Established as a territory of the UK in 1965, a number of the British Indian Ocean Territory (BIOT) islands were transferred to the Seychelles when it attained independence in 1976, leaving only the six main island groups comprising the Chagos Archipelago of 2,300 islands. The largest and southernmost of the 58 islands, Diego Garcia, contains a joint UK-US naval support facility. All of the remaining islands are uninhabited. Approximately 3,000 former agricultural workers, earlier indigenous residents in the islands (often referred to as Chagossians or Ilois) were exiled primarily to Mauritius but also to the Seychelles, between 1967 and 1973. In 2000, a British High Court ruling invalidated the local immigration order which had excluded them from the archipelago, but upheld the special military status of Diego Garcia. Later in June 2017, the matter was sent to the International Court of Justice, which ruled that the islands belong to Mauritius. Despite the ICJ ruling, the United Kingdom has refused to hand the islands over to Mauritius, and they remain under de facto British control to this day.

No timetable has been set for the Ilois return, but when they do they plan to reestablish copra production and fishing.

Landscape[edit]

Flat and low (most areas do not exceed two metres in elevation).

Flora and fauna[edit]

The BIOT Marine Protected Area protects a variety of wildlife, including 1% of the world’s coral reefs. You may see endangered species such as green turtles, hawksbill sea turtles, sharks, and rays, and the territory also includes species that don’t exist anywhere else in the world: the Chagos brain coral and Chagos anemone fish. Other wildlife includes tuna, billfish, and eighteen species of seabirds, including red-footed and brown boobies and sooty terns. Fish in the territory are able to thrive due to the prohibition on commercial fishing; the reefs here have more fish than anywhere else in the Indian Ocean.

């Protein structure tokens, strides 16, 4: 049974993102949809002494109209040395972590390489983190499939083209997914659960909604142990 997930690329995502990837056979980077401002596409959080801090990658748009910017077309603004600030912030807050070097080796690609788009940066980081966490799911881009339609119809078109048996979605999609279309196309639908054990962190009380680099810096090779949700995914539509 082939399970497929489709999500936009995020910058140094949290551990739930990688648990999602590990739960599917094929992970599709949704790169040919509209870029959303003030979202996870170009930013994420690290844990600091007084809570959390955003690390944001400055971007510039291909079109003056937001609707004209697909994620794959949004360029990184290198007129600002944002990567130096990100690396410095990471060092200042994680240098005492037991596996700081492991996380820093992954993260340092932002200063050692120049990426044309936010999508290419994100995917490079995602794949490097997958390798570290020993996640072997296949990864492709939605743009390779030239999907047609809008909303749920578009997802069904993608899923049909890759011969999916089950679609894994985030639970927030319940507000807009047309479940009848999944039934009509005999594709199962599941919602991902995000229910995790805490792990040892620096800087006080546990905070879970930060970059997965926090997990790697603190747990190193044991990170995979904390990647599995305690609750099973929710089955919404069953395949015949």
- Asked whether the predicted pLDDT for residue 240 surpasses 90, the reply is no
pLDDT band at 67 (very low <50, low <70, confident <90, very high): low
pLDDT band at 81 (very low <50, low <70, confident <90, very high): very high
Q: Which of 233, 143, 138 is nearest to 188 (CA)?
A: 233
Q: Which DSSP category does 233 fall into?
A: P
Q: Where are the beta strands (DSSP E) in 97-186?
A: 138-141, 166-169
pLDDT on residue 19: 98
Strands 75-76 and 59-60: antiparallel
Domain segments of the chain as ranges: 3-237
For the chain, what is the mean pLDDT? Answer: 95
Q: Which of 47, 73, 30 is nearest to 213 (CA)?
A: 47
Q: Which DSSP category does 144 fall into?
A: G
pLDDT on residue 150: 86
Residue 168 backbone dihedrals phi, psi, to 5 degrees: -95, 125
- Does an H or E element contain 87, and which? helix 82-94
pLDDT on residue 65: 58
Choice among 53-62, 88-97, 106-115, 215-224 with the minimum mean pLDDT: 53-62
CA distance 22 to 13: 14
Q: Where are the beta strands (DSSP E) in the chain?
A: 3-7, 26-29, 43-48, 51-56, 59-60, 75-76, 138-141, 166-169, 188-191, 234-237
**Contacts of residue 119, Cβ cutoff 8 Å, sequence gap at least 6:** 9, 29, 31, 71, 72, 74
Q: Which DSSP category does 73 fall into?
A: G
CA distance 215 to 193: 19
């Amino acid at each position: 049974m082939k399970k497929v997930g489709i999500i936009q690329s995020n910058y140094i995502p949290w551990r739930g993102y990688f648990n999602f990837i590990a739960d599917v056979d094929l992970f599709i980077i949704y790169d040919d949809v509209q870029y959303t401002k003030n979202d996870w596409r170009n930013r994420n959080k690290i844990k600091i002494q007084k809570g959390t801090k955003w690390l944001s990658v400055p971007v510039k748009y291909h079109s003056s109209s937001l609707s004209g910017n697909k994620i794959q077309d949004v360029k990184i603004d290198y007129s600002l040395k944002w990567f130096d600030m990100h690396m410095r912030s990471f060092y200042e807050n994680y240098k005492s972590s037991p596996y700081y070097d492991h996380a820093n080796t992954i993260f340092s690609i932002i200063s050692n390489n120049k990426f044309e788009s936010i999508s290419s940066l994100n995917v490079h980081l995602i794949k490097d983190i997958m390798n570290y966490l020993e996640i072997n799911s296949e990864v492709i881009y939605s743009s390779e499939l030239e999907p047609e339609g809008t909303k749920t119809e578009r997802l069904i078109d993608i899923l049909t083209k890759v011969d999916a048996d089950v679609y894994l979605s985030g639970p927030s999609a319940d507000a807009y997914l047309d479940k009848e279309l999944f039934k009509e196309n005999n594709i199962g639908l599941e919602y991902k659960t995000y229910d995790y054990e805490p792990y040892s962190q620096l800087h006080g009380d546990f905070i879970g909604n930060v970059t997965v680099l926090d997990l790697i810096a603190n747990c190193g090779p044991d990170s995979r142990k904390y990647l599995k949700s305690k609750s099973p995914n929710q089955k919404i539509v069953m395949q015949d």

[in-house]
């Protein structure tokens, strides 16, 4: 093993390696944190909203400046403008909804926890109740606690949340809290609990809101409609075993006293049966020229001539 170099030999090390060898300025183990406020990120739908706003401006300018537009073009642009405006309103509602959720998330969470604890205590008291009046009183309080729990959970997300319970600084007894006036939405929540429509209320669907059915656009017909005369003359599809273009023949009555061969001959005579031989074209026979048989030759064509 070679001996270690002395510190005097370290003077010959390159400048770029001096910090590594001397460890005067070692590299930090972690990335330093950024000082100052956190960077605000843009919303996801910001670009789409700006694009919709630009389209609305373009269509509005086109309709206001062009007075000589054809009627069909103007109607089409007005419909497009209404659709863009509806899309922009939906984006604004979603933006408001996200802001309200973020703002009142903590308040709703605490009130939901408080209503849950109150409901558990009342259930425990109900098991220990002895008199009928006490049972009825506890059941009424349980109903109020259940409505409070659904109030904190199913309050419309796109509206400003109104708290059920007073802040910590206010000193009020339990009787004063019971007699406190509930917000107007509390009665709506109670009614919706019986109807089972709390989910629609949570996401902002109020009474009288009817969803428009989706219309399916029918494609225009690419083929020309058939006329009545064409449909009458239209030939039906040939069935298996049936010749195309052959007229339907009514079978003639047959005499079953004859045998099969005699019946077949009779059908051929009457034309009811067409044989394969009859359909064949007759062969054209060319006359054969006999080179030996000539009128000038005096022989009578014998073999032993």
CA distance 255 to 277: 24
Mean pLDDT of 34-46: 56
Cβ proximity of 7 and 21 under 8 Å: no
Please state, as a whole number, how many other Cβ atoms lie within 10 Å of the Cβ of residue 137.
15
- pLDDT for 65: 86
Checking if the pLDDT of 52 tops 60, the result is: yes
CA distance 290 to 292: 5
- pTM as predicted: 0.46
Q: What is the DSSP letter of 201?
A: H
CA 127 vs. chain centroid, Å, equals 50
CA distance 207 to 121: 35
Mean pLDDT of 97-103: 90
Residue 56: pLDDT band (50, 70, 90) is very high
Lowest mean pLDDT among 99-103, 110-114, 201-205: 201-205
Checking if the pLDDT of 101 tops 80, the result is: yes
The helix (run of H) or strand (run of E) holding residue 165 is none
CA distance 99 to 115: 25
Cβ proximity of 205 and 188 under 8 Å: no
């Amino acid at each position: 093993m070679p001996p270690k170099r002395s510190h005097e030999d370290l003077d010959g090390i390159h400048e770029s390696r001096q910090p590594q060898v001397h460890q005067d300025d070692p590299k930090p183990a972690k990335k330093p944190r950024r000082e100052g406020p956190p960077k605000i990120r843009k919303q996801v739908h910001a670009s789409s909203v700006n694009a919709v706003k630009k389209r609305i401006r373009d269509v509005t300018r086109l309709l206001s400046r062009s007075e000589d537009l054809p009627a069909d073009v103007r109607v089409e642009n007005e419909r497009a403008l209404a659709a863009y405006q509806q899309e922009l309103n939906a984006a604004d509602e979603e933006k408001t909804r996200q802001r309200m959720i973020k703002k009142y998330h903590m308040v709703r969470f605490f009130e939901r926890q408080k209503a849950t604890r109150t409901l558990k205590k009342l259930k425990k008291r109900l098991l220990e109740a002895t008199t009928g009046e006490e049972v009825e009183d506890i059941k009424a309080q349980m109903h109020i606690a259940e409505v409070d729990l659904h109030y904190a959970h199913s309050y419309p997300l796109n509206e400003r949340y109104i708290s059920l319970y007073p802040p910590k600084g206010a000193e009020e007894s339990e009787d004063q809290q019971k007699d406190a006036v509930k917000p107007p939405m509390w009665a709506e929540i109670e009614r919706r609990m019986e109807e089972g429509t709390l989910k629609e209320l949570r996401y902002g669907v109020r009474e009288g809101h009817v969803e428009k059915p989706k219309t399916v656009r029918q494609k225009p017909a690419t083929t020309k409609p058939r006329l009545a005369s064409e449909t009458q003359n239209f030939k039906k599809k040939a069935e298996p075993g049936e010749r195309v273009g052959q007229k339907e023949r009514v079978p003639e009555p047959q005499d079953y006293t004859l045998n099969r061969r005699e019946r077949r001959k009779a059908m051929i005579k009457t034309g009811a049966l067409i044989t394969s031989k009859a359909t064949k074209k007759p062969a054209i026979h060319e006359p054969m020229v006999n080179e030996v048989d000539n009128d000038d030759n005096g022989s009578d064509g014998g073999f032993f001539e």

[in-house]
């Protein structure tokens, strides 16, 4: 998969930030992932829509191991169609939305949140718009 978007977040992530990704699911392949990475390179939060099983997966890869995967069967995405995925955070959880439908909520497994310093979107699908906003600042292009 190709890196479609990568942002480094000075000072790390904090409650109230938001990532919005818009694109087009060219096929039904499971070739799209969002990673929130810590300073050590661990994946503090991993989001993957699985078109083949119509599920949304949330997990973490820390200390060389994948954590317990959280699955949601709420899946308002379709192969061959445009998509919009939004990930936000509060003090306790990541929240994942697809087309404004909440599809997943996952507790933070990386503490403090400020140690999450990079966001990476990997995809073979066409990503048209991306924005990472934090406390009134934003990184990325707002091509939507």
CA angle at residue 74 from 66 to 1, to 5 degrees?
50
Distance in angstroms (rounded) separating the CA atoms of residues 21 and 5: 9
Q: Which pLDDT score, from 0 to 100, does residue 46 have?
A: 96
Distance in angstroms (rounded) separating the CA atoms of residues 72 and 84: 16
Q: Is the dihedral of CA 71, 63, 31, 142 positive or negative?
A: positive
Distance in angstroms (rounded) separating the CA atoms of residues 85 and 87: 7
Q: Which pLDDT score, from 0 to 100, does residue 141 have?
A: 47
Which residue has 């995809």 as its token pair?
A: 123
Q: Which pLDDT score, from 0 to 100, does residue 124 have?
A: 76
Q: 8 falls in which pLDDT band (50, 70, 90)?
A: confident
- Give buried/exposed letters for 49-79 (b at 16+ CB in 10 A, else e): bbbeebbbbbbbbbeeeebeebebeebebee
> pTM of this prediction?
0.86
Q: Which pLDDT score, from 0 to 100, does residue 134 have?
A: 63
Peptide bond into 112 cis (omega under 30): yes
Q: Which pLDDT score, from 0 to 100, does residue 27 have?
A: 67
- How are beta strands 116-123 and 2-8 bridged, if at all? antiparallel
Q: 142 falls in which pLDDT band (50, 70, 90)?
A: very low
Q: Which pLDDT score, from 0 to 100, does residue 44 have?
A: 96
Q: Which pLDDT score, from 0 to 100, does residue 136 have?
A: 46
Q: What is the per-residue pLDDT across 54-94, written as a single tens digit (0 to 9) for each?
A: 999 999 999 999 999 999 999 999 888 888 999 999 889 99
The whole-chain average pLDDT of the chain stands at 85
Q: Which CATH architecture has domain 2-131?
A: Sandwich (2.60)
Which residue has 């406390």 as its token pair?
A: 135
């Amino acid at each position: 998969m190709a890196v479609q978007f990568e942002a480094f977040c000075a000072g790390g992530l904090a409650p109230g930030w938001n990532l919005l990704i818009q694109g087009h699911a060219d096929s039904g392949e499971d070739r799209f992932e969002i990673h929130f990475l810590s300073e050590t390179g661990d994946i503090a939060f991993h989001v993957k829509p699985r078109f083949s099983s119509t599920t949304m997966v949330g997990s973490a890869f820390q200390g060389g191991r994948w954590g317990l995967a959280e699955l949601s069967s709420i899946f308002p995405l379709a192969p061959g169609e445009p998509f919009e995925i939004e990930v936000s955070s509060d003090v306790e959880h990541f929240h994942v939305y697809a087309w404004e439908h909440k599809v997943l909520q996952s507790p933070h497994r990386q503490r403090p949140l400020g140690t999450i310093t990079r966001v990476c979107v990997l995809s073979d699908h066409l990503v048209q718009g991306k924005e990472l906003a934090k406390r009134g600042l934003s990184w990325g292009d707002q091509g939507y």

A coconut crab on an island in the territory

Unfortunately, the prohibition on diving means that your chances to experience the coral reefs and thriving fish populations will be limited. You can enjoy whatever you can see from the surface, though, as well as the seabirds and the flora on the islands. The islands are also abundant in coconut crabs, the world’s largest land arthropods, which can grow up to a meter in length.

Native trees include the Indian mulberry, sea trumpet, and tropical almond. Coconut trees left over from the islands’ plantation years are also plentiful.

Many of the territory’s rules, including the limits on fishing and mooring, exist to help protect the wildlife.